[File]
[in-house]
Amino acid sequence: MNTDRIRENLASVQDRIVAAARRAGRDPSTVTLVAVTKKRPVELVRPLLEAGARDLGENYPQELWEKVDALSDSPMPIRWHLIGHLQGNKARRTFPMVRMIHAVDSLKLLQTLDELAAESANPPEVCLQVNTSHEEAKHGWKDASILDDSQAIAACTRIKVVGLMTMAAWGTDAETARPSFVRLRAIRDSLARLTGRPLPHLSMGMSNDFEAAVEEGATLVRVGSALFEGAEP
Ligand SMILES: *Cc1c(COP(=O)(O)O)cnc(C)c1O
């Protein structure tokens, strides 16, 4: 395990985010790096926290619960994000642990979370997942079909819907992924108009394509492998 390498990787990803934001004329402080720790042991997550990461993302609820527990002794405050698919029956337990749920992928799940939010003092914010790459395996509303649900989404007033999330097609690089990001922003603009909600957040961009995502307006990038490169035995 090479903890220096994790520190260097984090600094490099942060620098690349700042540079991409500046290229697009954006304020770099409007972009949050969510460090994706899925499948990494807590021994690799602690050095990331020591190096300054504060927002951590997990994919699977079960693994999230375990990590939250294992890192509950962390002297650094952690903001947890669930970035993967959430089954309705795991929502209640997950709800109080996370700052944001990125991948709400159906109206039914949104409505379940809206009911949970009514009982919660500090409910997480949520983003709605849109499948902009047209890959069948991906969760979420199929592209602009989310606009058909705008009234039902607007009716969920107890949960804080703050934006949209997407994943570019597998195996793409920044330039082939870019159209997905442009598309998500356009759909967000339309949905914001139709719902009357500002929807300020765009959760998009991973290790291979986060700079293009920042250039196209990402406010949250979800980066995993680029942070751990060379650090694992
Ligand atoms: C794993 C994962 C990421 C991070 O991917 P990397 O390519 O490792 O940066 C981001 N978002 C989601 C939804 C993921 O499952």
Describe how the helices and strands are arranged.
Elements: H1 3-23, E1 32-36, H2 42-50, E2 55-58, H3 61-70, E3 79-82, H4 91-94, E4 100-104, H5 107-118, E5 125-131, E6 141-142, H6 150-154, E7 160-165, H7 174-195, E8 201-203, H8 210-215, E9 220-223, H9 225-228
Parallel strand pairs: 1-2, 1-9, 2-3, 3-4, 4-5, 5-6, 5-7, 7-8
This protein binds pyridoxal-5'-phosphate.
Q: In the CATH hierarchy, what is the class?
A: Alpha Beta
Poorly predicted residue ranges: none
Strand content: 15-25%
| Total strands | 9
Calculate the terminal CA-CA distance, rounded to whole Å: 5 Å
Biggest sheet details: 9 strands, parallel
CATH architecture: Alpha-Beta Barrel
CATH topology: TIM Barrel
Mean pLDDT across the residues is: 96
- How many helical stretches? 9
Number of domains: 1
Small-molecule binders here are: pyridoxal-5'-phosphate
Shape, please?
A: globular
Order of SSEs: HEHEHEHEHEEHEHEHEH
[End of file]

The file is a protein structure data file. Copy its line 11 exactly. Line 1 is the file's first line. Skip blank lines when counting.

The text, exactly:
A: Alpha Beta